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Wal-Mart Stores Inc. has suspended a program that gave first-time shoplifters the option to pay a fee and complete an educational program in exchange for forgiveness, or face potential prosecution.

The Bentonville company Friday confirmed a Wall Street Journal report that it is no longer using a program that was available in about 2,000 U.S. stores and provided by Correction Education Co. and Turning Point Justice. The voluntary programs were suspended earlier this month amid criticism and mounting questions over the past several months about the legality of the practice.

Wal-Mart spokesman Ragan Dickens said the program had been effective in helping the company reduce the number of calls to police and the amount of shoplifting in stores. But the program is among several initiatives that Joe Schrauder -- Wal-Mart's new vice president of asset protection and safety -- is reviewing after moving into the role this year.

"We've had new leadership come in in asset protection, and he's basically taking a long, close look at all of the programs under his watch to say, 'What's right for the business?'" Dickens said.

Programs run by companies like Correction Education and Turning Point have been available to retailers for a few years. Wal-Mart introduced small tests in some stores in 2013.

The "restorative justice" programs come at no cost to retailers, while shoplifting suspects are offered the chance to pay several hundred dollars to complete theft-prevention courses offered by the program providers.

Corrective Education's program costs either $400 upfront or $500 later, according to a company spokesman. The Wall Street Journal reported that Turning Point's program costs up to $425 with about $50 to $75 going to retailers for restitution to cover time spent processing paperwork and any damage to the stolen goods.

Wal-Mart expanded its use of the program amid criticism it had received about the number of times police officers were called to handle shoplifting and other petty crimes at stores.

A Bloomberg News investigation showed that police were called to four Wal-Mart stores in Tulsa just under 2,000 times in one year. A Tampa Bay Times analysis showed that law enforcement agencies logged nearly 16,800 calls from Wal-Mart stores in four Florida counties in one year, though it did not include how many of those calls resulted in police officers going to stores.

Supporters of the programs view them as a way to reduce the number of calls to police and to keep first-time offenders from going through the legal system.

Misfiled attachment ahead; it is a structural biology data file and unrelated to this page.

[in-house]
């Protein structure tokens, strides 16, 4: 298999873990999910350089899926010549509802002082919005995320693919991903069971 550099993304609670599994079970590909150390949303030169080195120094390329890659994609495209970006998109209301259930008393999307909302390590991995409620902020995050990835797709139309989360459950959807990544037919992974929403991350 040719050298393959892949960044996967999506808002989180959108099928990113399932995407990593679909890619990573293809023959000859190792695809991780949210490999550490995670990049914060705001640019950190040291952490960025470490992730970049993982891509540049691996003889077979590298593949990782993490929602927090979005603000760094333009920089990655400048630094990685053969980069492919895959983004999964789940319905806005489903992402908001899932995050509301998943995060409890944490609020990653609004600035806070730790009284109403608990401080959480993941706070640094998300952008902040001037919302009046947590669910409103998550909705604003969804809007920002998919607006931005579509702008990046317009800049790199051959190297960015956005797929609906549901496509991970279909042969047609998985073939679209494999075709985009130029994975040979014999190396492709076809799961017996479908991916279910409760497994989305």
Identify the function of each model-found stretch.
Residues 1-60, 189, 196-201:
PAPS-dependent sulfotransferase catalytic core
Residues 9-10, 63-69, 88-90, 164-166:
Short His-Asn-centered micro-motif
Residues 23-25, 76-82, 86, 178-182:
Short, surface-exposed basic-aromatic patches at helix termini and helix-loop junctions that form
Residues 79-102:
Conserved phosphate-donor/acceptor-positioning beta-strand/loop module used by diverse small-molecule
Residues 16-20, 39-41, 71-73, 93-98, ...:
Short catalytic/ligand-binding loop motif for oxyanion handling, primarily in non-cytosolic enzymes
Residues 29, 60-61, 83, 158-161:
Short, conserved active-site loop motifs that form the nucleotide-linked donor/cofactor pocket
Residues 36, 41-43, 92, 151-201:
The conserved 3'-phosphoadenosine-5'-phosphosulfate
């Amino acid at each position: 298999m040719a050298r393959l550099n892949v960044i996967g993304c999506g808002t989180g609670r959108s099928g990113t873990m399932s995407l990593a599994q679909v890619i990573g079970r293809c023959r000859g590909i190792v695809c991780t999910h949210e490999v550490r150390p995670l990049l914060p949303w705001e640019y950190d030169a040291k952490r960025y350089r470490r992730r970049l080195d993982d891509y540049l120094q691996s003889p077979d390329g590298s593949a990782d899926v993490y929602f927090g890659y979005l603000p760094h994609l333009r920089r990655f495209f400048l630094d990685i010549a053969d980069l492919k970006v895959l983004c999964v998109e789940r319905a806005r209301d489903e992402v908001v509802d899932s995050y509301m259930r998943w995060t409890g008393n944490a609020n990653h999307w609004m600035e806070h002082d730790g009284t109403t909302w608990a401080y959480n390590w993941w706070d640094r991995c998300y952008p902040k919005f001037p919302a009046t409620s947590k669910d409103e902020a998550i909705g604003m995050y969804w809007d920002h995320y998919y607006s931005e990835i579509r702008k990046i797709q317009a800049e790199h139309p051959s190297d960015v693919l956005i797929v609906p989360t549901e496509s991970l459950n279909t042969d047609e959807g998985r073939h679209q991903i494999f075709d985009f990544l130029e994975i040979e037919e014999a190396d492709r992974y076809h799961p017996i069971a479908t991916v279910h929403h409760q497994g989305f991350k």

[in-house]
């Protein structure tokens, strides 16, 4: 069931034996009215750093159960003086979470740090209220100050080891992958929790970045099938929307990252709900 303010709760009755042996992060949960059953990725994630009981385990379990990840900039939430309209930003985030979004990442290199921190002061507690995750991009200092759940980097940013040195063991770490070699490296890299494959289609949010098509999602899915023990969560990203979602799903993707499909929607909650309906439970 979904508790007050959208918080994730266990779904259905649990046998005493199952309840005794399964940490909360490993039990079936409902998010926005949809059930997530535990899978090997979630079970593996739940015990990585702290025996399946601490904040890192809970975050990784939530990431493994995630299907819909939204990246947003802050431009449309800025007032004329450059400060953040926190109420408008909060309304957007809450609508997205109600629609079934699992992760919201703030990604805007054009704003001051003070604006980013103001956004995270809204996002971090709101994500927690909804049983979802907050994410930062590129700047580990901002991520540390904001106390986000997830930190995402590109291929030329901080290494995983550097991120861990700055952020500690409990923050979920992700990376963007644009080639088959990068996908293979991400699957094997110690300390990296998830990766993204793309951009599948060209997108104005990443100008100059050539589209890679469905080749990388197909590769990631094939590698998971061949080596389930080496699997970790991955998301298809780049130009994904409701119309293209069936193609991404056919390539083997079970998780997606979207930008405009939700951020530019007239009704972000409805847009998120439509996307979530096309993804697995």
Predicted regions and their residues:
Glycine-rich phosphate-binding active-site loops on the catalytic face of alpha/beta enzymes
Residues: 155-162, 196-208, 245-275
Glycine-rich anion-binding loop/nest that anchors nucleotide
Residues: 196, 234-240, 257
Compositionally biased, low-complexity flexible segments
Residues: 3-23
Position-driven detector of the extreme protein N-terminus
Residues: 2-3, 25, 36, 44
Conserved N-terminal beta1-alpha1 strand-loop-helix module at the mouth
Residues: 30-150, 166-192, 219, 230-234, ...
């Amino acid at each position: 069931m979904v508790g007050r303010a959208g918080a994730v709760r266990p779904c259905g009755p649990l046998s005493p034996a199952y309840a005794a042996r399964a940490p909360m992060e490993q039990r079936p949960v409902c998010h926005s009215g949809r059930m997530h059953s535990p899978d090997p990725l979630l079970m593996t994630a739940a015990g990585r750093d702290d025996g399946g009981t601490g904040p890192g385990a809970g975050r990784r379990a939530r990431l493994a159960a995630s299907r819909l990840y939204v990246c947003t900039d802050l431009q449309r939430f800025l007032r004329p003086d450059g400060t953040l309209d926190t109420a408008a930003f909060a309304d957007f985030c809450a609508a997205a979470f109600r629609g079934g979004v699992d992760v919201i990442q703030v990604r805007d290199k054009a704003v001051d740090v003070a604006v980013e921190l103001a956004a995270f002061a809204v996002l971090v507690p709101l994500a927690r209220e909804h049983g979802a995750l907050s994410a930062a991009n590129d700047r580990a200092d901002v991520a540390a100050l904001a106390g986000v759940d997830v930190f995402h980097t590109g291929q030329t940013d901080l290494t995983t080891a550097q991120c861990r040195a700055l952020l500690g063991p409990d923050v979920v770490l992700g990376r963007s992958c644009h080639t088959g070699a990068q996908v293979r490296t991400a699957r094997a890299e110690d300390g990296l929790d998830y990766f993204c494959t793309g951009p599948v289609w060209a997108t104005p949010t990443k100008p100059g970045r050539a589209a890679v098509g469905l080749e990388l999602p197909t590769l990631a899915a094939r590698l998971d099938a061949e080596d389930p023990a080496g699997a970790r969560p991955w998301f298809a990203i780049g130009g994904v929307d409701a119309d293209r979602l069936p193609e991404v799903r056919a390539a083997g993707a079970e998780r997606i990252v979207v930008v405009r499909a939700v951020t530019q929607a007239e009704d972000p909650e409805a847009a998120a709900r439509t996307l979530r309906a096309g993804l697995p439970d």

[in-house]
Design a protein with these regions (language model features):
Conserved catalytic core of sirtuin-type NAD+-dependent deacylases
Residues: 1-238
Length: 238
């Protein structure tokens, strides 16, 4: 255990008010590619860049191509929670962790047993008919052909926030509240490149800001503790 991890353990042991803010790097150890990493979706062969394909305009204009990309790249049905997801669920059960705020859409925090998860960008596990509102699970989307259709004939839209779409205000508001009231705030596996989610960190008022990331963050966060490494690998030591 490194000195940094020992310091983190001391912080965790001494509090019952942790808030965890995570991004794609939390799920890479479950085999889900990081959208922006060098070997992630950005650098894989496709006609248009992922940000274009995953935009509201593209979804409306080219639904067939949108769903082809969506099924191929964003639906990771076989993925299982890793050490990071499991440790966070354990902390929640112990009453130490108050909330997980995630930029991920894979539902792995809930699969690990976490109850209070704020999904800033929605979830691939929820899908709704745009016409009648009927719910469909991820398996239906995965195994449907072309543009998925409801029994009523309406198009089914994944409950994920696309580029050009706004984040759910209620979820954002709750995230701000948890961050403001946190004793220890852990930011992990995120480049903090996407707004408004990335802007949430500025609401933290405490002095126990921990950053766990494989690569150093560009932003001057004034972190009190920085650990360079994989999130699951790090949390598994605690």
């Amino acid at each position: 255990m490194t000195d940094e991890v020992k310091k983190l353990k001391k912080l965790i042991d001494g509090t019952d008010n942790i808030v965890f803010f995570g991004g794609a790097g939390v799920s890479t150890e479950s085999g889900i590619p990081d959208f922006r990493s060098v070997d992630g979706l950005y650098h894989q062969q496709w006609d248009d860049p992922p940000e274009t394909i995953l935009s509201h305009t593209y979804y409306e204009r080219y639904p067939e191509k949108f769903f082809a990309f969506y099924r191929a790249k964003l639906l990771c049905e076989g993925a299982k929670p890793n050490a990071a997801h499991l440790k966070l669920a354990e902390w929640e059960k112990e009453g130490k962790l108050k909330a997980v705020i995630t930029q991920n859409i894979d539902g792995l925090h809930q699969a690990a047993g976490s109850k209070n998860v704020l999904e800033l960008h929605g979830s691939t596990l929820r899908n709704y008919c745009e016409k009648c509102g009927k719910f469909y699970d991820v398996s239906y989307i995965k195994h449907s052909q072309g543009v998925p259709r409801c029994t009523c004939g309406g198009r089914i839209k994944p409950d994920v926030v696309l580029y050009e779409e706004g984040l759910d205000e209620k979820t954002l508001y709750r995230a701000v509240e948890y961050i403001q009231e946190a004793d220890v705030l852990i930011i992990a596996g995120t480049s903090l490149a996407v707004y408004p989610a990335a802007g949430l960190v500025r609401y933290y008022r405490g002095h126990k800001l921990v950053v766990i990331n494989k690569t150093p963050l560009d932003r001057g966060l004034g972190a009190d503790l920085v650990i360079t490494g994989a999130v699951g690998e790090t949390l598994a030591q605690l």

In Texas, the Arlington Police Department said in a news release earlier this year that the Corrective Education program at Wal-Mart helped reduce the number of calls for police assistance by 50 percent, which was the equivalent of more than 12,000 police hours.

Dickens said internal measures at Wal-Mart, including a shift in focus from detecting to deterring shoplifting over the past year, have helped to reduce the number of calls to police by about 35 percent. Its deterring measures included positioning more employees near the doors and adding more store security cameras.

About 2,000 Wal-Mart U.S. stores offered the Corrective Education program, and the recidivism rate for individuals who participated was 2 percent or 3 percent. Dickens said the number of Arkansas stores that offered the program was not available Friday.

"The program was not necessarily part of our prevention plan," Dickens said. "This was a program that was for after the crime had occurred."

Opponents say that providers charging suspects hundreds of dollars to avoid potential criminal charges represents intimidation and extortion.

In 2015, the San Francisco city attorney sued Corrective Education saying the company's tactics were illegal. California Superior Court Judge Harold Kahn ruled in August that the program that involves payments to the company or retailers violated the state's extortion laws.

"I think there is a reason why the lawsuit ruled it was extortion, because that is what it looks like," said Akiva Freidlin, an attorney with the Atlanta-based Southern Center for Human Rights. "Money extracted backed by a threat from someone without process -- that's not good."

Freidlin said the California ruling likely had an impact on Wal-Mart's decision to suspend the program a few months later. It's not clear what impact the company's decision to suspend the programs will have on the providers of the service.

Lohra Miller, who founded Turning Point in 2012, didn't return a message seeking comment. A spokesman for Corrective Education didn't comment on the potential impact Friday.

Dickens said Wal-Mart will go through the "traditional system" of calling police when thefts occur but that suspending the program will not alter the company's efforts to deter shoplifting.

"This program is basically a spoke in the wheel in many different programs and technologies in place," Dickens said. "And it's just one that we're putting the pause button on to get a little clarity."

A Section on 12/23/2017

Print Headline: Wal-Mart ends option of pay or be prosecuted

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